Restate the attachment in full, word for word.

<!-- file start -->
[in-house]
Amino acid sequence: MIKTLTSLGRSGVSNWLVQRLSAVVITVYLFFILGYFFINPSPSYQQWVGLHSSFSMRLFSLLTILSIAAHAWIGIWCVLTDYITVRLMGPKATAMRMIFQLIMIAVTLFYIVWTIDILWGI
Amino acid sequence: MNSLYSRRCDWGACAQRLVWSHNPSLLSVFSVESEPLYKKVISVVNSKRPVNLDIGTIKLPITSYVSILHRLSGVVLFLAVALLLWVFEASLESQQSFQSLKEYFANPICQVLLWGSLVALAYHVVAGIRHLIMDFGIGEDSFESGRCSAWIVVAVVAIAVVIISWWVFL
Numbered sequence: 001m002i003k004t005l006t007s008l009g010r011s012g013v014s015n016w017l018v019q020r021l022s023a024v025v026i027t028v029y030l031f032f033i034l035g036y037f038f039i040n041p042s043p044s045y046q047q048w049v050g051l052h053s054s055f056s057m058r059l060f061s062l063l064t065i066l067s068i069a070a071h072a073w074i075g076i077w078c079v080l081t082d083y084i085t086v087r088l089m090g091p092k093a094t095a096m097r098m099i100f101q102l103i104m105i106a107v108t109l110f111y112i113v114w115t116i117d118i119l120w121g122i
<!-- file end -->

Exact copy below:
[in-house]
Amino acid sequence: MIKTLTSLGRSGVSNWLVQRLSAVVITVYLFFILGYFFINPSPSYQQWVGLHSSFSMRLFSLLTILSIAAHAWIGIWCVLTDYITVRLMGPKATAMRMIFQLIMIAVTLFYIVWTIDILWGI
Amino acid sequence: MNSLYSRRCDWGACAQRLVWSHNPSLLSVFSVESEPLYKKVISVVNSKRPVNLDIGTIKLPITSYVSILHRLSGVVLFLAVALLLWVFEASLESQQSFQSLKEYFANPICQVLLWGSLVALAYHVVAGIRHLIMDFGIGEDSFESGRCSAWIVVAVVAIAVVIISWWVFL
Numbered sequence: 001m002i003k004t005l006t007s008l009g010r011s012g013v014s015n016w017l018v019q020r021l022s023a024v025v026i027t028v029y030l031f032f033i034l035g036y037f038f039i040n041p042s043p044s045y046q047q048w049v050g051l052h053s054s055f056s057m058r059l060f061s062l063l064t065i066l067s068i069a070a071h072a073w074i075g076i077w078c079v080l081t082d083y084i085t086v087r088l089m090g091p092k093a094t095a096m097r098m099i100f101q102l103i104m105i106a107v108t109l110f111y112i113v114w115t116i117d118i119l120w121g122i